The Bare Minimum

Congress to consider raising minimum hourly wage

This is the logo of a national movement that has been fighting for an increased minimum wage since 2012, and is finally getting their way.

This is the logo of a national movement that has been fighting for an increased minimum wage since 2012, and is finally getting their way.

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As Democrats take back control of the House of Representatives, the decade-long national minimum wage rate of $7.25 is being challenged. Advocates for this increase in wages are fighting because of the steady increase of living expenses and consumer prices in the past decade. The increase in minimum wage will then aid low-income families to afford their living situations comfortably, theoretically.

The legislature establishing this floor has already affected 19 states and 21 cities.  For example, New York City has put into effect a steady rise to $15 minimum wage for businesses of 11 employees or more, and for every fast food establishment, no matter their respective employee amount. For businesses with 10 employees or fewer, the wage has been rising to a minimum of $13.50 an hour.  This is expected to rise to an overall $15 minimum wage by December 31, 2019.[1]  

“House Democrats are prioritizing their move to raise the federal minimum wage to $15 an hour because the Fight for $15 has changed the conversation on wages and politics in America,” the organizing director for the Fight for $15 movement Allyn Umel said.

As for Texas, the state legislature still won’t budge on the decisions, even though Texas holds the most workers in the United States to work at minimum wage, according to the U.S. Bureau of Labor Statistics. [2]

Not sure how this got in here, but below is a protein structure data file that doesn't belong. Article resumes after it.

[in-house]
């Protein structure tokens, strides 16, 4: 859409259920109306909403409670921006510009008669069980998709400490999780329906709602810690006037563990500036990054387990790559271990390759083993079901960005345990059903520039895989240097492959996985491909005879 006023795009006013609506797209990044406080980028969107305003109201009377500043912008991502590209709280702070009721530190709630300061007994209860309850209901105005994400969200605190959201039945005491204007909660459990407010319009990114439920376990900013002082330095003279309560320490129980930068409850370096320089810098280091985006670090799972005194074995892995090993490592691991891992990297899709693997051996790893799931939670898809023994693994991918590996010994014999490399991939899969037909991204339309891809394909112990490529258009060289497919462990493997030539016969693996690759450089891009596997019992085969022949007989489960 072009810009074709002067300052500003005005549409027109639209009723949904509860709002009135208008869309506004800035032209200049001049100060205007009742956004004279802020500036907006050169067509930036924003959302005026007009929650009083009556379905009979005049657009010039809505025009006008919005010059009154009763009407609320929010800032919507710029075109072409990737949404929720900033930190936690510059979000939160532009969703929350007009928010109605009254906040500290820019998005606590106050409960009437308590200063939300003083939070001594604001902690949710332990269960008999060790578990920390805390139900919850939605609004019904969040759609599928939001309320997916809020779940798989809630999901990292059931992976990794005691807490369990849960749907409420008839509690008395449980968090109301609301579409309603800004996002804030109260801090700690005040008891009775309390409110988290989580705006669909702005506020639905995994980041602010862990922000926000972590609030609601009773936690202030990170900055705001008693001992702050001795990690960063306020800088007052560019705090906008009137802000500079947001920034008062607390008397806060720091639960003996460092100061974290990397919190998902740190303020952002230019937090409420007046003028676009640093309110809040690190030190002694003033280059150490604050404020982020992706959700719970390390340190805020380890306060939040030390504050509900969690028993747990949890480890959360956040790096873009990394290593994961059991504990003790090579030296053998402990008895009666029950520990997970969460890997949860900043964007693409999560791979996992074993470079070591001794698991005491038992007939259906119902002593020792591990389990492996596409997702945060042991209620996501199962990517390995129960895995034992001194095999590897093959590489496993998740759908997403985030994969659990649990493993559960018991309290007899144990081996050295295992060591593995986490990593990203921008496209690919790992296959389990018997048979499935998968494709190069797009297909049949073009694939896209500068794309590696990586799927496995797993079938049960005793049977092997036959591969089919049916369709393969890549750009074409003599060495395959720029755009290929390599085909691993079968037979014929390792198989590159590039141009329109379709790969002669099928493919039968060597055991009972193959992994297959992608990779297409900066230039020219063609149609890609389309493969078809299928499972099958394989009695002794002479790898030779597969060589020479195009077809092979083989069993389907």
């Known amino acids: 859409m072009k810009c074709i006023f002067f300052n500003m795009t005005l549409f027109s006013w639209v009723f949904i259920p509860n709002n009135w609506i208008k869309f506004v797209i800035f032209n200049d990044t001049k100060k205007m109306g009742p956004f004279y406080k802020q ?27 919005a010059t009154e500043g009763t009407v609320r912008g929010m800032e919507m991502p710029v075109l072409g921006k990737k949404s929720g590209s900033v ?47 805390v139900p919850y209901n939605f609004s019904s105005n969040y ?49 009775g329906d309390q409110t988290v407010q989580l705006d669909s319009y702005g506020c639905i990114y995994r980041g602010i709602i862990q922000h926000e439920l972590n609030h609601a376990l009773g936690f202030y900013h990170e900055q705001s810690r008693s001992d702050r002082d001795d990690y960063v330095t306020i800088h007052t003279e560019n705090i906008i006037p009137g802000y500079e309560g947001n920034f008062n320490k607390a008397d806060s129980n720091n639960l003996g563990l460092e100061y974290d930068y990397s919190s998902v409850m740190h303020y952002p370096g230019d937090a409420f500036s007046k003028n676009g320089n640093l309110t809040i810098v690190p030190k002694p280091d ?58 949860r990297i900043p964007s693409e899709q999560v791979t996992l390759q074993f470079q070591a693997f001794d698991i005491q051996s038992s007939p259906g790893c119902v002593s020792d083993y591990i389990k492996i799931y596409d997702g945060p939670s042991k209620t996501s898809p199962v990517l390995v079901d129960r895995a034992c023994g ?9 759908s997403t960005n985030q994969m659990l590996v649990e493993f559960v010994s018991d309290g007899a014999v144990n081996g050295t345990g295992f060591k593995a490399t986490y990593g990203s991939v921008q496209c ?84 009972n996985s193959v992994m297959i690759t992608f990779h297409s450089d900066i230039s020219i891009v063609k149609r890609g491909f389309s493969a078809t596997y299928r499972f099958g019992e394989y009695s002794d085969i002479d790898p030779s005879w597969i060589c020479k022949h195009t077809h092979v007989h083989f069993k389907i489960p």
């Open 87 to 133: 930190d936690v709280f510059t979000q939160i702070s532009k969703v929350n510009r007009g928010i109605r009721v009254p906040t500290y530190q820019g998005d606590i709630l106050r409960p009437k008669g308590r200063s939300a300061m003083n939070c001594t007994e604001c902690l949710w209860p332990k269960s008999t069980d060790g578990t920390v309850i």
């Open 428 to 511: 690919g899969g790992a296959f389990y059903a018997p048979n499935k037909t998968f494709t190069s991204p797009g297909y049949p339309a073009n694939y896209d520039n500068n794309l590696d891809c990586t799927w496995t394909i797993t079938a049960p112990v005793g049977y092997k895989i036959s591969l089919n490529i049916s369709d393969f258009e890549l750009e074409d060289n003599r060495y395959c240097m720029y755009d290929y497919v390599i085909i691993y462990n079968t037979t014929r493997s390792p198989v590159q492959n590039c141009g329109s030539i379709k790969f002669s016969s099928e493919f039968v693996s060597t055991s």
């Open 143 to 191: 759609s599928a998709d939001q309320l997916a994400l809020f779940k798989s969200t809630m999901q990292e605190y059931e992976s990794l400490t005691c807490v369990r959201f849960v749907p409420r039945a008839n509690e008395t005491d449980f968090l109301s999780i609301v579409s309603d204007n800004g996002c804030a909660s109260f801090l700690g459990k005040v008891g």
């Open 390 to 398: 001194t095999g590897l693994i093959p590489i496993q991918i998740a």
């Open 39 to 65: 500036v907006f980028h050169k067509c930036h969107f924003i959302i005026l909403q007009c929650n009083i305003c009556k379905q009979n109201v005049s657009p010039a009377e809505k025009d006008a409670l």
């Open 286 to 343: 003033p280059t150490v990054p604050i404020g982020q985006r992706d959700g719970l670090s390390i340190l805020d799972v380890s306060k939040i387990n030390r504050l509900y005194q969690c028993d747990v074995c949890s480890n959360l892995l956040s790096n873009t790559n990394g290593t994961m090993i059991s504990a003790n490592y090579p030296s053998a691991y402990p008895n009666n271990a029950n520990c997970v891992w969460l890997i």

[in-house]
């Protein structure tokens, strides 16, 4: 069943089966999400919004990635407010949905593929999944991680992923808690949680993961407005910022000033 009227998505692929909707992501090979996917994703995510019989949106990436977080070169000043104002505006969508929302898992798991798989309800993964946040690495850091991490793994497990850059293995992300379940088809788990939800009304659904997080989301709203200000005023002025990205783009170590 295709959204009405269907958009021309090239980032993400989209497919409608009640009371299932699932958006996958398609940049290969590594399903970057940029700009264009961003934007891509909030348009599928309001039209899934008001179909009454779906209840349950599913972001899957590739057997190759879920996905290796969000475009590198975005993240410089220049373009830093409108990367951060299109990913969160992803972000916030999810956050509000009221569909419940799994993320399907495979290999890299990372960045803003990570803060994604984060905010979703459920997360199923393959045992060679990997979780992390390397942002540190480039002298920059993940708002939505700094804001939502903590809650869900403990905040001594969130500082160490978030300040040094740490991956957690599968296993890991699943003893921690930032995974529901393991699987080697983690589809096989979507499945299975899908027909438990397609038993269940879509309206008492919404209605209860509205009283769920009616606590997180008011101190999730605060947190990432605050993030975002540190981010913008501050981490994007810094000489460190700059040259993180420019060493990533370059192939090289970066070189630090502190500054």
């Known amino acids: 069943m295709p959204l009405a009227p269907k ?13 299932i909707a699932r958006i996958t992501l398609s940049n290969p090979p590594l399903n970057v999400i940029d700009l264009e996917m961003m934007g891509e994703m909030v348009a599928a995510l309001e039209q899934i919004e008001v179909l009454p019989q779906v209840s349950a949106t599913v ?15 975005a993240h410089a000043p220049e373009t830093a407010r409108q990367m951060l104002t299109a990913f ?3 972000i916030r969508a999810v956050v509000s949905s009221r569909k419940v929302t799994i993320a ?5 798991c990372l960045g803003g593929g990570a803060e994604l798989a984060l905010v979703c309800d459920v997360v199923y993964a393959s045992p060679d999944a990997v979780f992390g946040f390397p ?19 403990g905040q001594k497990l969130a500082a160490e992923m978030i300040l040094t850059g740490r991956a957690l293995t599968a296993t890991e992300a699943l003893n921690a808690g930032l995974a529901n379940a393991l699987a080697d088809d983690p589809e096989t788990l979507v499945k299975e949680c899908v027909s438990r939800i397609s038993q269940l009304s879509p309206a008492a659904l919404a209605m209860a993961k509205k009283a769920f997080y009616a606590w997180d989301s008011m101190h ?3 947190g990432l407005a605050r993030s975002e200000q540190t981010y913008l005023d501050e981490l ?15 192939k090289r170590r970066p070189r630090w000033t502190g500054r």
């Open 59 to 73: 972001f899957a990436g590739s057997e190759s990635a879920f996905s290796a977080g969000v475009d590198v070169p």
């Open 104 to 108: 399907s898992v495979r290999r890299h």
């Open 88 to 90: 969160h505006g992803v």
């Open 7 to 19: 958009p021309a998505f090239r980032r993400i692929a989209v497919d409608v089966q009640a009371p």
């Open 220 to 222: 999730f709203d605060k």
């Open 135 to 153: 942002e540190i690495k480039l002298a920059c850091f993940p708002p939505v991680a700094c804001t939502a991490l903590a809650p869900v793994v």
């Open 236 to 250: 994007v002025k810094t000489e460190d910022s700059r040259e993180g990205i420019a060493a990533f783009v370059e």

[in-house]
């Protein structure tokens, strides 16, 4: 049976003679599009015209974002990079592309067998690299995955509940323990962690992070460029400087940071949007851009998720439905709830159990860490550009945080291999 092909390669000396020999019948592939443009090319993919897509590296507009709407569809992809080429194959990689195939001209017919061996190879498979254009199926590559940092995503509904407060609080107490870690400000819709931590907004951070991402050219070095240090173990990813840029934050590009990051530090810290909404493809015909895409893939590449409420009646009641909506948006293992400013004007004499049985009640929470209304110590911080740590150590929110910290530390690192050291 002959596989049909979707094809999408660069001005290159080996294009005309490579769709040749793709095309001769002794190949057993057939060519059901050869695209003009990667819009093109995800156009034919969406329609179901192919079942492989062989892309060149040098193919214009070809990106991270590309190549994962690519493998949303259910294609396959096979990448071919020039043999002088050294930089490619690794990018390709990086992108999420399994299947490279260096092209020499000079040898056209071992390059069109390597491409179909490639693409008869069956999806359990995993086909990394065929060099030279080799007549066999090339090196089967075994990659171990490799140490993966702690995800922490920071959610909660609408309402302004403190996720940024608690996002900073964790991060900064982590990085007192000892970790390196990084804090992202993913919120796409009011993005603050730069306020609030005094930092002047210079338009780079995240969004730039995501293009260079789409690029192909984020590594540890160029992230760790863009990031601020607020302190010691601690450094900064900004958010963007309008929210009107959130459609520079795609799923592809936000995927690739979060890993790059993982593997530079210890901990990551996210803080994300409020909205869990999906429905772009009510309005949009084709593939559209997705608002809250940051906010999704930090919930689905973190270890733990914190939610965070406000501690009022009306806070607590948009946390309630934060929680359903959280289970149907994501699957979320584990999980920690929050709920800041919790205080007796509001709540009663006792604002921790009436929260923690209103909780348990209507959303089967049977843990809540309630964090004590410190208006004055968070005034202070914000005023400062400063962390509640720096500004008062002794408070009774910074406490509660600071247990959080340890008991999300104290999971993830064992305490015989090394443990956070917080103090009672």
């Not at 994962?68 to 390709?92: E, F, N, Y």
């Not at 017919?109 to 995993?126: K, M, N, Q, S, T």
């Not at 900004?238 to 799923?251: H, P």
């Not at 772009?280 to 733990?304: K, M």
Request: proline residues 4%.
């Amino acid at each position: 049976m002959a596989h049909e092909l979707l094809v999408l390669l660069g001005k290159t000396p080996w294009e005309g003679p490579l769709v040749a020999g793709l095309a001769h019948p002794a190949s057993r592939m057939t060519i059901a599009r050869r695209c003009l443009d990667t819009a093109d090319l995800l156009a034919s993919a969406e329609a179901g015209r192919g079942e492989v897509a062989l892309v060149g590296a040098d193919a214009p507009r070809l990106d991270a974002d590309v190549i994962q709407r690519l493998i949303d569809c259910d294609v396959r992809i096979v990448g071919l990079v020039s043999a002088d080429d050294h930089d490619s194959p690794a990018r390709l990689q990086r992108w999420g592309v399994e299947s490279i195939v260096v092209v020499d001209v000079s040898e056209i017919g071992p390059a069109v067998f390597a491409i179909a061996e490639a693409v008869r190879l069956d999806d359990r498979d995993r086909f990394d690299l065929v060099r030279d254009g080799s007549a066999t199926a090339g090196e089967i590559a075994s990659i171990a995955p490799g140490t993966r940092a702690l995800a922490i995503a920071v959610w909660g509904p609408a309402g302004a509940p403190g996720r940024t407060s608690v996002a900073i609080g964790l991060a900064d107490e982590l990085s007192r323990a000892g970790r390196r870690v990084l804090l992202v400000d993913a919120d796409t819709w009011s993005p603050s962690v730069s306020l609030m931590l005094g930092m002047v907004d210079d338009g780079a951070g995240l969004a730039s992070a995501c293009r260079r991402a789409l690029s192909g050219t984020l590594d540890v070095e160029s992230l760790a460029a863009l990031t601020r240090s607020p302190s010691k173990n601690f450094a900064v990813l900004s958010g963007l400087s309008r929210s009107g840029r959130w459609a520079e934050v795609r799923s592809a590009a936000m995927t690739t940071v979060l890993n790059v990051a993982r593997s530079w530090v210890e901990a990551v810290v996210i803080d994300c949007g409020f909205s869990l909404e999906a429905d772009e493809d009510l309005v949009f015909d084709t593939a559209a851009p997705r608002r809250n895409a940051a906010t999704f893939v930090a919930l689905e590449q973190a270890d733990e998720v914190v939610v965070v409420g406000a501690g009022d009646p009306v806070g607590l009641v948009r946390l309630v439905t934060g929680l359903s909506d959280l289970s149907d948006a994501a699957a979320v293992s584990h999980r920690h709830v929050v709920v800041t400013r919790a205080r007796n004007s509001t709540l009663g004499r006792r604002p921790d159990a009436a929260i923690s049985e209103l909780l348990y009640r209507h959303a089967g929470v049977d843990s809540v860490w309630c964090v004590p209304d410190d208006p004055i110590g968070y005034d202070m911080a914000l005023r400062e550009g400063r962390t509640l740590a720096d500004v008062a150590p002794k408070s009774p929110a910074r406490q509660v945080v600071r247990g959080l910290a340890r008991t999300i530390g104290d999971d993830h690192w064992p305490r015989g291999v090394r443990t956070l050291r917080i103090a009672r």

Nevertheless, AP Government teacher Rachel Brooks pointed out there are pros and cons to having an increased minimum wage.

“It will make it more difficult for businesses,”Brooks said about the effects on business and workers. “With increasing the costs of paying for workers, it will make hiring workers harder, which will mean fewer people will be hired.”

Even still, Brooks said, “an increase of minimum wage will help people who can’t get a better job but are supporting a family, or just trying to pay for their living expenses.”

However, in the sense if macroeconomics, the minimum wage should at least grow slightly to match inflation.

When people have a higher income, it will lead to an increase in spending, which will lead to an increase in overall GDP,” AP Macroeconomics teacher Tara Hedlund said. “So that would be a positive for our economy. But, if businesses have to divert more of their profit toward paying their workers, it affects the amount of product they can produce, which can lead to a decrease in GDP.”

Nonetheless, a survey in 2015 conducted by CBS/New York Times says that 71 percent of the Americans surveyed via telephone are in favor of the increase, no matter the consequences. [3]  As such, the push for increased minimum wage is under way, with the minimum being $15 an hour by 2024.

This is the logo of a national movement that has been fighting for an increased minimum wage since 2012, and is finally getting their way.

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